Following the American Psychological Association’s Guidelines
Q1: I am not particularly anxious at the prospect of my own death. Though I do not tend to be especially brave in situations that call for it, I am not overwhelmed with the idea that my death is about to happen at any second. I do think about it sometimes, and it does cause confusing feelings. However, the anxiety that I feel does not hinder my day-to-day life. I believe I experience a normal level of anxiety, given the subject. A statement that was particularly stressful for me to consider was about my experience with friends and family dying being wholly negative. I have never experienced a death that was not negative. Even those who die of old age are still dead. I no longer have them hear with me. To try twisting the concept of death into anything that is not negative seems ludicrous. In one instance I had a relative who was in a great deal of pain, and death released them from that, but beyond that instance yes, that statement made me think about those situations that were stressful. I imagine that I feel that way because I grow attached to certain people. I understand that a death brings an irreversible finality that seems cruelly unfair, and it is hard to wrap my brain around, even now, that I will not see those individuals again.
Q2: After living for 85 years, I hope there would be many things to list in my obituary. Firstly, I would like my remaining family to be listed. I would also like my parents and spouse to be listed, even though my parents will surely have died, and my spouse may have preceded me in death. Next, I would list where I lived, where I made my home with my family. I want close friends listed, as well. Too many people spend time going after material objects; I want my obituary to reflect love and human connection. A brief synopsis of my life story would be fine, listing education and any professional accomplishments I may achieve, but I would prefer it if the focal point were my spouse, children, grandchildren, and any other friends and family. I have always wanted to live my life, remembered for my connection to family. I cannot take money or college degrees with me, and while those things are important, and can be mentioned, I would rather people remember me, not what I have done.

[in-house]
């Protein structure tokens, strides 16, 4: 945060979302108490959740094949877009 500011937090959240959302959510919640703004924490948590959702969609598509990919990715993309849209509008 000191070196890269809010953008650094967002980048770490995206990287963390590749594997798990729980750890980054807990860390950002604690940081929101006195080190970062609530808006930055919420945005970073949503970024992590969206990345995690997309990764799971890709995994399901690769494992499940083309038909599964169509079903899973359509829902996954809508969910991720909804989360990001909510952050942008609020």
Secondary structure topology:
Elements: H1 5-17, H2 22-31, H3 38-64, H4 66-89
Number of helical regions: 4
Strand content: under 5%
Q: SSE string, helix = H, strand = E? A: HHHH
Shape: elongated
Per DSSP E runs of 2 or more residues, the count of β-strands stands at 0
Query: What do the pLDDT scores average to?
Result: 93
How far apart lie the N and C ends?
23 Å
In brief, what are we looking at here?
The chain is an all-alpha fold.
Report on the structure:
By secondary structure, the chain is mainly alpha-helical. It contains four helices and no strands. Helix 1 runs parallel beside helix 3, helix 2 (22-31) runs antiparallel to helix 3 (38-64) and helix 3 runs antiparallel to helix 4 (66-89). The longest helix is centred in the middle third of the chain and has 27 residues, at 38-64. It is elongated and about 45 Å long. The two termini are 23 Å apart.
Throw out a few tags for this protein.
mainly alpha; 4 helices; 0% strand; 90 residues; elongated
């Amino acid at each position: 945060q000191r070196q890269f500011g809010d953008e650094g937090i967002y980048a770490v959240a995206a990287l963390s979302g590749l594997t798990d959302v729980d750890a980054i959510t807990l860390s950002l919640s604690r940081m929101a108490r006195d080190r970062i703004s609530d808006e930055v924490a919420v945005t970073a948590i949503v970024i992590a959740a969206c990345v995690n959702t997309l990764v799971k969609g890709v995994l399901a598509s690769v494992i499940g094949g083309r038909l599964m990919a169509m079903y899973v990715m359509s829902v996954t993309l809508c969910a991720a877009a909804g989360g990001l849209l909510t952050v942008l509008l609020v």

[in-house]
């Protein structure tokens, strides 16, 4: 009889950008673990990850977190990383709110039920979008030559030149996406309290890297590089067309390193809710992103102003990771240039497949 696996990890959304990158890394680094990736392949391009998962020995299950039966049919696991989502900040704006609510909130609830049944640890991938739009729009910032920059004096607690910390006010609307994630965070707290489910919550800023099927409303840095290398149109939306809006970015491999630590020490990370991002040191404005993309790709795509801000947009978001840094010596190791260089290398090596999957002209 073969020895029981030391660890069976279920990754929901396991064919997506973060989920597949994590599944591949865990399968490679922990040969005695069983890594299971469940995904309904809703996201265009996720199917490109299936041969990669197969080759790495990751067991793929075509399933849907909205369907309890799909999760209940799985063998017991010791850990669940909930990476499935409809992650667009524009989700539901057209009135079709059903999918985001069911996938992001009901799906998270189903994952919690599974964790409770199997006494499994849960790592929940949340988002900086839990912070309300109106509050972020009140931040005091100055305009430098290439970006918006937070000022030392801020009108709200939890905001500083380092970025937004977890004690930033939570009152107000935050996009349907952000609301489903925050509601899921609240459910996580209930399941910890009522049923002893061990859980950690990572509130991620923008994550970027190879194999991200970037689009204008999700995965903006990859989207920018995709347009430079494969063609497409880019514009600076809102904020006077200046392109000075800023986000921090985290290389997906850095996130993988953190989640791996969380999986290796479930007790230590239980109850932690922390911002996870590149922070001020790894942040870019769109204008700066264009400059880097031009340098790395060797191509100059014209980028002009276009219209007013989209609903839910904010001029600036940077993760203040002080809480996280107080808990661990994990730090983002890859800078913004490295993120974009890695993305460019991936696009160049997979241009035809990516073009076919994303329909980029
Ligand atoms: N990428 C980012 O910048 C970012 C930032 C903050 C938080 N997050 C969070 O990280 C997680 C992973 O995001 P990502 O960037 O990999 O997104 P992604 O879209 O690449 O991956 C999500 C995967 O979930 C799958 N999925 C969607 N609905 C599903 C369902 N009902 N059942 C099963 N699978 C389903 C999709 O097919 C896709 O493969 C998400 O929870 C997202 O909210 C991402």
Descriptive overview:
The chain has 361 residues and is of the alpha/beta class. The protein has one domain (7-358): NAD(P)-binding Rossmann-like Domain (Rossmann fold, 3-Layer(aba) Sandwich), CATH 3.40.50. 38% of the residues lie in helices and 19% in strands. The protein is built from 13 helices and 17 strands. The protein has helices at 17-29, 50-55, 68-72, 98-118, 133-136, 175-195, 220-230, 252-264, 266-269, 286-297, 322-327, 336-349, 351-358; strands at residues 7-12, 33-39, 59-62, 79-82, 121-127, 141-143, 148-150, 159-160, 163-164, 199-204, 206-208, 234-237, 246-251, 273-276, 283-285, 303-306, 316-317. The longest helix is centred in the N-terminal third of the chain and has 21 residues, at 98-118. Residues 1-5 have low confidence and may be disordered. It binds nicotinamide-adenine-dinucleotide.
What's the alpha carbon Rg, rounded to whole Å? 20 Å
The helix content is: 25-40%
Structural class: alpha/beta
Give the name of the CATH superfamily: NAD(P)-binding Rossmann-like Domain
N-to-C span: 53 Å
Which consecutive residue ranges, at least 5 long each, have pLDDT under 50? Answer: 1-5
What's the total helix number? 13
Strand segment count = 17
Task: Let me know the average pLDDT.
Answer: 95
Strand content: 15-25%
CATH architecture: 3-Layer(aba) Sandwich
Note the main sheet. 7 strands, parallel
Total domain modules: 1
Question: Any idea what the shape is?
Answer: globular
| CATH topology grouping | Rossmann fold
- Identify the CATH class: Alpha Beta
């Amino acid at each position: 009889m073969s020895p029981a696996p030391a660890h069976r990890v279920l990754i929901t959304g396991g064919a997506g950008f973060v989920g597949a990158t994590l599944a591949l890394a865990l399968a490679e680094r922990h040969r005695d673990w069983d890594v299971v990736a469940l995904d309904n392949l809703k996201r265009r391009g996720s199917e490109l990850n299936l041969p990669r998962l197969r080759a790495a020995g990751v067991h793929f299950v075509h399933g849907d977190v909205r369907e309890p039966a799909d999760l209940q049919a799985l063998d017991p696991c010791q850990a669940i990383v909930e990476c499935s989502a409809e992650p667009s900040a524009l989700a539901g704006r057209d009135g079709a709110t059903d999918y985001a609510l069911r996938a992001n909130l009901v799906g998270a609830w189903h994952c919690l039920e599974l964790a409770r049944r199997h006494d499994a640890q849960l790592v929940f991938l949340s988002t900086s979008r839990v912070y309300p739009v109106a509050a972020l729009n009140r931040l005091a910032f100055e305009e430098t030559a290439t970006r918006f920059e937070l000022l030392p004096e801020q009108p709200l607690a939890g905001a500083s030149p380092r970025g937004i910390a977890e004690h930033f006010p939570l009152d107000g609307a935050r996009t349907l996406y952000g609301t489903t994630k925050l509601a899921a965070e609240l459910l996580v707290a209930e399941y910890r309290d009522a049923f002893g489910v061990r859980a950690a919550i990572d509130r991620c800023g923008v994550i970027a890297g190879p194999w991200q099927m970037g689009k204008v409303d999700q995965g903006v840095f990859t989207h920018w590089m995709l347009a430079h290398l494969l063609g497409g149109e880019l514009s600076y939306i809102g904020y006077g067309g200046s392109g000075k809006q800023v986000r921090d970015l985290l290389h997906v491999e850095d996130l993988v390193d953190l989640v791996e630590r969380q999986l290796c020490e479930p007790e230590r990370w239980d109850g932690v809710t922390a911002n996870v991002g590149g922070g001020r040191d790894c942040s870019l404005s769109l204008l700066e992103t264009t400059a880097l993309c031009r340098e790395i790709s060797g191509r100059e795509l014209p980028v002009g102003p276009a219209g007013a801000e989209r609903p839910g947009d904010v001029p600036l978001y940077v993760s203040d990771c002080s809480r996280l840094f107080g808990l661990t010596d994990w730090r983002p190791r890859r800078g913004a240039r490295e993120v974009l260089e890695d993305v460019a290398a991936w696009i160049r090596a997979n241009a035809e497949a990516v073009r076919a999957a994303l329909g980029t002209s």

Q3: After living a short life of 21 years, I do not expect there would be much to list. I would still like my family to be listed. My immediate family, grandparents, close aunts, uncles, and cousins should be mentioned first, followed by my best friends, who would surely take up most of my time during that point in my life. It would be difficult to complete any major life accomplishments at such a young age. Therefore, beyond my familial bonds, one could list my hobbies or my short time in the educational system, as well as my future ambitions, both personal and professional. It may sound arrogant but perhaps the obituary could mention how unfair it is to die that young, because it always is unfair to die when one is still so full of potential.
Q4: The top two individuals I would list on my healthcare proxy are my mother and father. They have been responsible for me my whole life and proven repeatedly that they will attempt to be there for me and support me. If anything were to happen to me. They know me best and I trust that they would carry out any wishes I had in the event that I was unable to make my own decisions. They also have my best interests at heart. I know that if they made a decision, it would be for the best, and even if it went wrong, it would be easily forgivable by everybody around them. I do not know the medical wishes of my family, should a situation such as this arise. The more thought I give to the subject, however, the surer I am that I should know these details in the event that something were to happen. A few friends are aware of my wishes, but the statements have been vague; I have never had a serious conversation with a family member about these issues. The psychological state of an individual coping with death are the stages of grief. Personally, I believe that the first stage of denial and isolation is the most difficult. Handling something so traumatizing on your own can make the situation worse. Denying it prolongs the pain. I understand not wanting to believe that you have lost somebody so integral to your life but wish so desperately that the stage of denial is one that we could all skip past.